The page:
Think back to the nightmare of Hurricane Katrina. Those tragic images of high waters and despair. Broken levees. Survivors desperately searching to find missing relatives while struggling to reach higher ground. Victims stranded on rooftops waiting to be airlifted to safety. The chaotic overcrowding of temporary shelters like the Superdome in Louisiana.
Now think about the more recent Ebola virus threat. Hospital workers donning protective spacesuits. Government-imposed travel restrictions and citizens forced into home quarantine. Lacking even basic information, nearly every community across the globe feared the deadly contagion. Worse yet was the situation at the epicenter of the epidemic in Central West Africa, where thousands of infected and dying people were overwhelming small hospitals ill-equipped to handle the surge.
These public health crises shared something in common: They were both unexpected. Communities and the healthcare system were poorly prepared to deal with them. And, they disproportionately impacted lower income people of color. Images of black and brown and poor victims in New Orleans along with the face of Thomas Eric Duncan, the first person to die of Ebola in the United States, may be forever etched into our collective memories.
Bad things happen. We can’t always prepare for them. However, when it comes to the devastation from natural disasters, disease outbreaks, or other catastrophic events, our nation’s most vulnerable communities—those that lack adequate social services, health coverage, transportation, and other things more affluent communities take for granted—are the least prepared to respond. Simply put, American communities with the worst pre-disaster conditions are the ones that suffer the most. These communities—primarily made up of lower income people of color—are also the most sluggish to recover.
Disasters not only unearth inequities, they also have the potential to exacerbate them. Unfortunately, with budgets strapped and competing priorities, it is unlikely that many local governments will proactively address infrastructure challenges simply to better withstand the next catastrophe. However, when a disaster occurs, they have no choice but to respond. It’s during this response and rebuilding period, often with an influx of federal aid (from the Federal Emergency Management Agency, for example), that projects that might have taken decades to complete are fast-tracked.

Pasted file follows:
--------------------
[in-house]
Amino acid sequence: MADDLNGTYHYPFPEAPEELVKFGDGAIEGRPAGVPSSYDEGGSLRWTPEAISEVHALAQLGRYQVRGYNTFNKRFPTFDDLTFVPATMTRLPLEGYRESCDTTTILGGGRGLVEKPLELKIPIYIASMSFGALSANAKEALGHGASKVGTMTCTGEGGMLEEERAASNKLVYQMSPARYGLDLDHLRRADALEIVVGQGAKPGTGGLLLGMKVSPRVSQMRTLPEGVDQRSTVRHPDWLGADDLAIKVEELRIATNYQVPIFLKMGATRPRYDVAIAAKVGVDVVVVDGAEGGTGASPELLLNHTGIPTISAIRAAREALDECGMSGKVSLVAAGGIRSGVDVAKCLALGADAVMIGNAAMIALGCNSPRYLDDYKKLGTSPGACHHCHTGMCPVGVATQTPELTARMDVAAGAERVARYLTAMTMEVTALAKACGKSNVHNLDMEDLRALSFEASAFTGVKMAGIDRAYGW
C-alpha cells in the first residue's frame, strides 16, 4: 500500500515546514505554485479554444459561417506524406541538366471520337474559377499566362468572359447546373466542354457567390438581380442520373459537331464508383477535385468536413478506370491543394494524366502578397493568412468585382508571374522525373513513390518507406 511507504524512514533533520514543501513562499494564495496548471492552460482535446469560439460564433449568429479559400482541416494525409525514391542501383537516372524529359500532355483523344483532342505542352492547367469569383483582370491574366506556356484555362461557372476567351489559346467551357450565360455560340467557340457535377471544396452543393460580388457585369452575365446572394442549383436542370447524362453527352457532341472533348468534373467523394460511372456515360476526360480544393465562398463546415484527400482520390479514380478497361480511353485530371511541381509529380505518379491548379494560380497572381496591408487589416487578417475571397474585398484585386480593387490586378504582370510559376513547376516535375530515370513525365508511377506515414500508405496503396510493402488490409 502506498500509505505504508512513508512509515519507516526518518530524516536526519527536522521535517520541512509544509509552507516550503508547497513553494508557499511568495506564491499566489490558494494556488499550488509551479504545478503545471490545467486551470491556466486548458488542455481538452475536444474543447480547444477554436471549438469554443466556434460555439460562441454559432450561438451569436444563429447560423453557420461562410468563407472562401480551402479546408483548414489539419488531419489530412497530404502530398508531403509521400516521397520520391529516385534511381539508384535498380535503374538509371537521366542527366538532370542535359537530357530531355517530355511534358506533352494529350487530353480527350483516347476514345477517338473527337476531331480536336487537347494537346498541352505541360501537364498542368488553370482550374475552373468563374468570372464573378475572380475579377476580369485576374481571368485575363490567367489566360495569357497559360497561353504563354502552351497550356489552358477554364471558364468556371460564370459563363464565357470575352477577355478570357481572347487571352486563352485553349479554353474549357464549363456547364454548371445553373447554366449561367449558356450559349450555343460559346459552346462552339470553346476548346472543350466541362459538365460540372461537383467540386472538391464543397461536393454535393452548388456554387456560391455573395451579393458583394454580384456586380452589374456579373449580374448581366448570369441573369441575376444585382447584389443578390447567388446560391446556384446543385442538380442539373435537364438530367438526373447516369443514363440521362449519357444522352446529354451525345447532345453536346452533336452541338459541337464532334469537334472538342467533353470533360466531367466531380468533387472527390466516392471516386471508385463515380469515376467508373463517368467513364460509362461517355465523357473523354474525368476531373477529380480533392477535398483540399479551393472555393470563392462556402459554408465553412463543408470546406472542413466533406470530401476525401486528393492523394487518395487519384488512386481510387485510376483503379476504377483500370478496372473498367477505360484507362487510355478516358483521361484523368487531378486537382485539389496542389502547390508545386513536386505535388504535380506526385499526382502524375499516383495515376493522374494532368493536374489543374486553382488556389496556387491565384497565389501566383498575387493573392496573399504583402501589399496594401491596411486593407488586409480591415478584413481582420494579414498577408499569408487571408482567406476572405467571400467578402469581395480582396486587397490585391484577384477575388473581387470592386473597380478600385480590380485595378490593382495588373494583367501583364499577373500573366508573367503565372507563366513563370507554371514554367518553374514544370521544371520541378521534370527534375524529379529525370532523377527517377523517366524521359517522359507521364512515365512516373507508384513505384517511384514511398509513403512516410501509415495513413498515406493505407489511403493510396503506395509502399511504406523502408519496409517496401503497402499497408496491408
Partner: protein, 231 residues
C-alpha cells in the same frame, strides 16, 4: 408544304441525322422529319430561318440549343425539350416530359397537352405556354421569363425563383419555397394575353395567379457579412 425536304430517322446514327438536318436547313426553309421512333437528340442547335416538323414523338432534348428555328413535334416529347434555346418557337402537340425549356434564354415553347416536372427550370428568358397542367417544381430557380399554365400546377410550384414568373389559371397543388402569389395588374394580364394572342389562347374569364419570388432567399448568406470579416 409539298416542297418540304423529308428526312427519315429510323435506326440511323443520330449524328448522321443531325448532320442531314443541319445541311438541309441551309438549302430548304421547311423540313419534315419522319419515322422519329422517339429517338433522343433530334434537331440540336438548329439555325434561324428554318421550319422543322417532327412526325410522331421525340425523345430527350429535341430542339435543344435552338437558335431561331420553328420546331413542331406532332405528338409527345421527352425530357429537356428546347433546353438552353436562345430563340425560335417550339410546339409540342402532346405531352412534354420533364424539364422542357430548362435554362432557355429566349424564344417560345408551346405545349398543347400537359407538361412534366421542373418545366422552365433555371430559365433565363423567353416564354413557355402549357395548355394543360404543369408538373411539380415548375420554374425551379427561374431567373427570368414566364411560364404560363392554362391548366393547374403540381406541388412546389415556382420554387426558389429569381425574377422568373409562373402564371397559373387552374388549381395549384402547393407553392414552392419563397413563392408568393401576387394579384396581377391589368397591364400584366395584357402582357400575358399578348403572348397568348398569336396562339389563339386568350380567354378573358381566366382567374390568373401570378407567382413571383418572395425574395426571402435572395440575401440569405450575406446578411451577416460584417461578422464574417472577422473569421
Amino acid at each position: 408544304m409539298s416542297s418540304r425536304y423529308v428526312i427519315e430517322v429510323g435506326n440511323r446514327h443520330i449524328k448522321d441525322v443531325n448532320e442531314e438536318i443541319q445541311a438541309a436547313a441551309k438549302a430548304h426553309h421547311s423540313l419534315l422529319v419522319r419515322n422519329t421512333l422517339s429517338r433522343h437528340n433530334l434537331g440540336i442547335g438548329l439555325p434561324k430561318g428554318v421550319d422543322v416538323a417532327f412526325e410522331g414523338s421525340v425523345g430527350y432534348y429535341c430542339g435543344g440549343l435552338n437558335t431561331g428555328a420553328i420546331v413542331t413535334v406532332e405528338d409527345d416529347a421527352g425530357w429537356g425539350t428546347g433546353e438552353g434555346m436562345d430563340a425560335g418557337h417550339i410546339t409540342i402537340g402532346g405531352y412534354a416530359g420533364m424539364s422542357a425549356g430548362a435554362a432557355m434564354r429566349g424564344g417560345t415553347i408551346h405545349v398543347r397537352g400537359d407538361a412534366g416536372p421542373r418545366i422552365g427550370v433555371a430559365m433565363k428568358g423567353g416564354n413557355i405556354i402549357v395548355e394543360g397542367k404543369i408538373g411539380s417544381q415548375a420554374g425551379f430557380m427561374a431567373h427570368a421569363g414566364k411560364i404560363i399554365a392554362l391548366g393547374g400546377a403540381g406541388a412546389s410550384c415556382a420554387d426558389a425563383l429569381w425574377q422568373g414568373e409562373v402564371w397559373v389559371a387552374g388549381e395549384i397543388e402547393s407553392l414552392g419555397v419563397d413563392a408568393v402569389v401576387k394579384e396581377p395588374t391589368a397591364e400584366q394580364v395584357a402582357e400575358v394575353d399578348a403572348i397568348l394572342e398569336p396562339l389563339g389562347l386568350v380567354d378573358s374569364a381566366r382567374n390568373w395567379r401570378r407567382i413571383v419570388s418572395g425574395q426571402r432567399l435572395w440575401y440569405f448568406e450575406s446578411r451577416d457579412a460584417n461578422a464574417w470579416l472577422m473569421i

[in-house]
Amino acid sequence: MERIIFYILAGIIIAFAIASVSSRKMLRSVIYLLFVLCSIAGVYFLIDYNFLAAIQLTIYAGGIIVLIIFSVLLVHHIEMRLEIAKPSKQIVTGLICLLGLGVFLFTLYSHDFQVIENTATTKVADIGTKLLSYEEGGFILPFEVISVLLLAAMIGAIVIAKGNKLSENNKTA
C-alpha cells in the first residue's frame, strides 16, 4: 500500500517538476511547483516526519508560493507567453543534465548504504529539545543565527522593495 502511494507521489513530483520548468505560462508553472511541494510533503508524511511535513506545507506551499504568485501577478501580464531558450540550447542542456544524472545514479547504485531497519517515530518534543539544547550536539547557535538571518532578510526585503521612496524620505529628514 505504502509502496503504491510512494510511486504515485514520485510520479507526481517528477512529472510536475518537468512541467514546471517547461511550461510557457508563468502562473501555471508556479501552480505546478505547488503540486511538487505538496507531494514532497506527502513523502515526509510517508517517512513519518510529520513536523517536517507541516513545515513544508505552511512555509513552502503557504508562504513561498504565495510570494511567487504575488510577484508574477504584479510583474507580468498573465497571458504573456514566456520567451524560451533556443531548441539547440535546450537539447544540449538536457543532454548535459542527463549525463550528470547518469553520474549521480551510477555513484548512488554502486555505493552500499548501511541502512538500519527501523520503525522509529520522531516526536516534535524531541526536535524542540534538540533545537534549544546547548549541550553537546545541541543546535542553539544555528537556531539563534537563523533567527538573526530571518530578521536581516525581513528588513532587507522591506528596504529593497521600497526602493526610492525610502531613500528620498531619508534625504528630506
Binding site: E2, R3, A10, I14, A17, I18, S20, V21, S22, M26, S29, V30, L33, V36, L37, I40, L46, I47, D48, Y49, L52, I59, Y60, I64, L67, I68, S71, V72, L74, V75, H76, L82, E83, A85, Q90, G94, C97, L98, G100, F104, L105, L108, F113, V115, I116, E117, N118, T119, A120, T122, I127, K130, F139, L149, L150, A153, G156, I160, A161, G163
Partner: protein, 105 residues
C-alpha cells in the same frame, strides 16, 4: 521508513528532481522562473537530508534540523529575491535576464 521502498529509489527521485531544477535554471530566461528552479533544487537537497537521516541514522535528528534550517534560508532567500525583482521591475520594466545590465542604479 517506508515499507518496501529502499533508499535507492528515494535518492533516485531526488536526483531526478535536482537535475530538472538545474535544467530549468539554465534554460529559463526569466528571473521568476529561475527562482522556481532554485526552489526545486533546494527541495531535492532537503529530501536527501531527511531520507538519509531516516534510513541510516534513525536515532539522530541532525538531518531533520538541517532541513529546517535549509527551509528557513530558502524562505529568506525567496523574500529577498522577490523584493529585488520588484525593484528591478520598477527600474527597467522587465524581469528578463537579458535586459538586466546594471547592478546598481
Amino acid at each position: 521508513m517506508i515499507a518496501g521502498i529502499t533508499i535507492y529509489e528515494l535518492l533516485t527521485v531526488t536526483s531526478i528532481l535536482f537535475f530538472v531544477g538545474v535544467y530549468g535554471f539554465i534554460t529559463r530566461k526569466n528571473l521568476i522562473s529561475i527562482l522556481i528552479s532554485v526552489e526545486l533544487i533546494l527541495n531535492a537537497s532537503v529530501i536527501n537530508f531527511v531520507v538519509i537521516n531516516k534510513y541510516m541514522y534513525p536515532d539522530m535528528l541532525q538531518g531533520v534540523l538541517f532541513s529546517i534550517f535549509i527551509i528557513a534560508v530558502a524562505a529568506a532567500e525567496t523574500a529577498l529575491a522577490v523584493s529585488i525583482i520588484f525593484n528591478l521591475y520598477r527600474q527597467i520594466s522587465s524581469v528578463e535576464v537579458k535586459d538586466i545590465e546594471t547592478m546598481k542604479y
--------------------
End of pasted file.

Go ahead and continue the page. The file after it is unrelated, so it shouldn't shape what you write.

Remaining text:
So, in such communities, disaster recovery presents an opportunity of sorts.
According to a report by the Institute of Medicine (IOM), if the opportunity is leveraged correctly, the disaster recovery process can actually help to advance the long-term health, resilience, and sustainability of communities.
The post-disaster period can be a time when everyone seems to be pulling in the same direction. Bringing groups together around a shared community vision, rather than having each sector working in isolation, has the potential to reshape communities for the better. Empowered community members can join forces with other organizations and individuals—elected officials, public health professionals, urban planning and housing groups, health care and social service professionals, schools, and private-sector stakeholders. Together, they can collaborate across sectors to plan for and carry out recovery efforts to benefit people in need.
It is widely understood that it takes more than regular visits to a doctor or other health professional to ensure health. The health of individuals is determined in large part by factors outside of the doctor’s office. In fact, the real determinants of health, wellness, disease, and premature death are things that are more contextual, or place-based. Factors such as housing, exposure to environmental toxins, transportation, community cohesion, access to social services, public safety, and educational and job opportunities. Even personal behaviors are greatly influenced by place. This has resulted in wide gaps in life expectancy between people living just miles apart. In some cases, the difference in lifespan can be as much as 16 years.
The IOM report offers a framework for integrating health into disaster recovery. The four-step framework it lays out promotes a shared vision of a healthier, more resilient communities by key stakeholders. It recommends identifying gaps between the status quo (pre-disaster) state and the desired state; planning for ways to incorporate health considerations into recovery plans and to understand the health impacts of decisions; and exploring the best ways to use recovery resources in creative and synergistic ways to improve health outcomes.
In the wake of the international Ebola scare, hospitals were built in West Africa. The supply chain for medical equipment and therapies was enhanced, saving lives in the present and building capacity to respond to future threats. In the United States, infection control protocols, patient tracking, and systems for information sharing across various sectors were improved as a result of Ebola.
Long after the flood waters of 10 years ago have receded, communities hit hardest by Hurricane Katrina are still recovering. And although some people are doing better than they were doing pre-Katrina, many are doing worse economically and emotionally. Mayor Mitch Landrieu is careful not to imply that the New Orleans should return to what it was pre-Katrina. Instead, he often says that his administration is “building the city not back the way she was, but the way she should have always been.”
Whether planning to build a much-needed community center or upgrade old tract houses laden with lead paint, improving social services or creating roads and green spaces, recovery planning provides an opportunity to rebuild communities in a way that makes them healthier and more livable. When bad things happen, good things can follow. It’s not so much a do-over as it is a “do better.”